Addis International Bank has had an impressive year, registering an annual profit growth of 100pc, since its establishment in 2011 as one of the late entrants into the banking industry. The Bank earned a net profit of 85.3 million Br in the 2015/16 fiscal year, a 46pc increase over its performance in the previous year.
The Bank currently claims to have over 8,370 shareholders with over 532,580 shares.
The Bank’s major shareholders include Ethiopian Airlines employees’ Saving & Credit Cooperatives, Addis Abeba Saving & Credit Cooperatives Union, the Ethiopian Roads Authority Employees’ Saving and Credit Cooperative, the ethio Telecom Employees’ Saving & credit cooperative and Yirgachefe coffee farmers cooperative union.
In 2016, the Bank declared earnings per 1,000 Br shares (EPS) of 193 Br; 3.2pc higher than the preceding fiscal year.
“The earnings would have been higher if the Bank focused on short-term gains,” a shareholder at Addis told Fortune.
Addis’s EPS is two times lower than the highest earnings per share held by Dashen Bank.
“The EPS growth is encouraging despite a massive increase in paid-up capital,” says Abdulmenan Mohammed Hamza, an analyst at London Portobello Ltd.
Last year, the Bank passed the half billion Birr minimum capital requirement set by the National Bank of Ethiopia (NBE).
Its paid up capital soared by 41pc to 516 million Br, which is the second lowest in the private banking industry. The Bank has achieved this status in five years after its establishment. While Debub Global Bank is the only Bank that has not met the requirement so far.
Enat Bank, Addis’ nearest competitor, which was established a year after Addis, has a paid up capital of 565.1 million Br. Enat registered 79 million Br in net profit last year, eight percent lower than that of Addis. The private banking industry amassed net profits of 4.4 billion Br last year. Addis’s share in these profits was below two percent. Its market share was almost the same as the preceding year.
However, Hailemelekot Teklegiorgis, board chairman of Addis, sees the Bank’s performance as worthy of applause despite stagnant market share. In spite of challenges such as shortage of foreign currency, skyrocketing office rent, severe competition in deposit mobilization and the pressure to meet the minimum capital requirement, Addis achieved remarkable performances, according to Hailemelekot.
Addis, which held its 5th annual meeting a month ago, reported notable growth in its major spheres of business.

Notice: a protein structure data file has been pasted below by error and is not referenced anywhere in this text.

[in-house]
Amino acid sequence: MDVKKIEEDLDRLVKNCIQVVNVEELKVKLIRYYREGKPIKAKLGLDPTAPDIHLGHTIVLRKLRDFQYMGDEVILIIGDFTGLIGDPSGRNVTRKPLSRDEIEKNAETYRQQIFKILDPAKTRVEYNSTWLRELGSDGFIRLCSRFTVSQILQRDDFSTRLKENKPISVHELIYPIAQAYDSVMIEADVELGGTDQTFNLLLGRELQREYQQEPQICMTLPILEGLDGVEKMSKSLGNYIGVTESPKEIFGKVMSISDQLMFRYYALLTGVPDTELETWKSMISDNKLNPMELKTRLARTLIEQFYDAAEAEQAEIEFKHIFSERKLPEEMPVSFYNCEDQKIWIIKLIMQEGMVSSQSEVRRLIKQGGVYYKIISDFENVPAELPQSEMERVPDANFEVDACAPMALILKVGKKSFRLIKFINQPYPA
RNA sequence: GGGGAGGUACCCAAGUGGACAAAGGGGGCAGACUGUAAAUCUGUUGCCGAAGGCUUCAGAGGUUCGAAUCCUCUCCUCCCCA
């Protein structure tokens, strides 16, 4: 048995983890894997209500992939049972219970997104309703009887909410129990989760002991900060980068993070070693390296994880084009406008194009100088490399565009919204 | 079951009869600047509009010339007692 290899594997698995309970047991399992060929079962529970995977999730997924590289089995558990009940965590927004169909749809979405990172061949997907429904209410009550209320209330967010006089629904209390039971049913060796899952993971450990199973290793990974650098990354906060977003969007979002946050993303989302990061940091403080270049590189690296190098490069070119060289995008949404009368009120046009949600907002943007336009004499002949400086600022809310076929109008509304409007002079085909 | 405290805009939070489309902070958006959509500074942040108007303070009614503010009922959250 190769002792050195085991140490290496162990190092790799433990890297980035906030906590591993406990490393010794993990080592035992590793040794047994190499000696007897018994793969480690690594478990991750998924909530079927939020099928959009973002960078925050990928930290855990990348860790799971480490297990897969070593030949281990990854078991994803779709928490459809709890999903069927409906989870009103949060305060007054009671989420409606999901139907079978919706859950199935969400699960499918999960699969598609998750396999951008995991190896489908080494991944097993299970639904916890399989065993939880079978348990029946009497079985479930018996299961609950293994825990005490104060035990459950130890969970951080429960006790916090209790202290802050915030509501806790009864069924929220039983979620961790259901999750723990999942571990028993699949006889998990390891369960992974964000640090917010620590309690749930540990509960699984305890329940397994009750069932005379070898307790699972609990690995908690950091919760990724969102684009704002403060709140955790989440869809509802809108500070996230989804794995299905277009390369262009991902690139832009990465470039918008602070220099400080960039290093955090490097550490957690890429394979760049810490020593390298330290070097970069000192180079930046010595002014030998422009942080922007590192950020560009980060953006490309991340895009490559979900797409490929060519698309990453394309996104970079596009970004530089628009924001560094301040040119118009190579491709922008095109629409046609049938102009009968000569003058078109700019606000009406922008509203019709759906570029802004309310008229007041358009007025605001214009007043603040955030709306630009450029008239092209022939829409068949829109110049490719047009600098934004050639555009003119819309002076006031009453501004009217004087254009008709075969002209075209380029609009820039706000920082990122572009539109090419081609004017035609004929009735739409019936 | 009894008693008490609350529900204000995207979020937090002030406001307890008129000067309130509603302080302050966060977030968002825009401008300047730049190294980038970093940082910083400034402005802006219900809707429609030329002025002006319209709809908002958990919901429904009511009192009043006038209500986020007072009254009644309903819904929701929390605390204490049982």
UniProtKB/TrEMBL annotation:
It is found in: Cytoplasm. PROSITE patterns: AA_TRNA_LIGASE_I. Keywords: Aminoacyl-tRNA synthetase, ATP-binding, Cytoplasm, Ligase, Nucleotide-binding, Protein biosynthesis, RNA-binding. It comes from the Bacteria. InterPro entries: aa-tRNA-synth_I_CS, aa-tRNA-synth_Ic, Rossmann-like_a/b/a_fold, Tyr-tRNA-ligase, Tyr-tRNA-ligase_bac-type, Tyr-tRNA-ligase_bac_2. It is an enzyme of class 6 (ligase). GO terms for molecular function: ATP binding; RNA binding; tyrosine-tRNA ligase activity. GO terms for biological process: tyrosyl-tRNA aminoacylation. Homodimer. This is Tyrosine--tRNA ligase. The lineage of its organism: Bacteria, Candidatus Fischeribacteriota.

As observed in the industry, over half of Addis’s income comes from interest on loans and investment in NBE bond. Last year, it reached close to 150 million Br.
The Bank’s income from foreign exchange dealings surged by 30pc to 25 million Br, which is three times higher than the amount gained by Addis’s peer, Enat. Last year, the private banking industry collected 1.8 billion Br from foreign exchange; Addis had a 1.3pc share of this.
The total income of the Bank has reached 295 million Br during the recently ended fiscal year, with a growth rate of 42pc. The same growth rate also observed in the Bank’s total expense, reaching over 182 million Br. Interest paid on deposits has increased by 52pc to over 63 million Br.
Operating costs such as general administration expense and salary and benefits rose by 37pc to over 114 million Br, of these the Bank spent 47.4 million Br for salary and benefits.
“The increase in operating expense was largely due to the increase in rental expense of branch offices,” said Hailu Alemu, founding President of the Bank.
In a bid to increase its market share, Addis opened nine branches last year, raising its branch network to 40 and represents 1.3pc of the industry branch total, which is nearly twice its nearest competitor Enat. The recruitment of additional manpower also contributed to the increase in operating expenses.
Last year, the Bank hired 126 people, bringing its total to 360 employees. Fifty-six employees left the company last year for different reasons.
“Most of them left seeking better salary and benefits,” said Hailu.
As of September 2016, the Bank adjusted its salaries by an average of 40pc, with the aim of reducing staff turnover.
Currently, the private banking industry employs over 31,770 individuals and paid an aggregate of three billion Birr annually; one-fifth of the total industry’s income.
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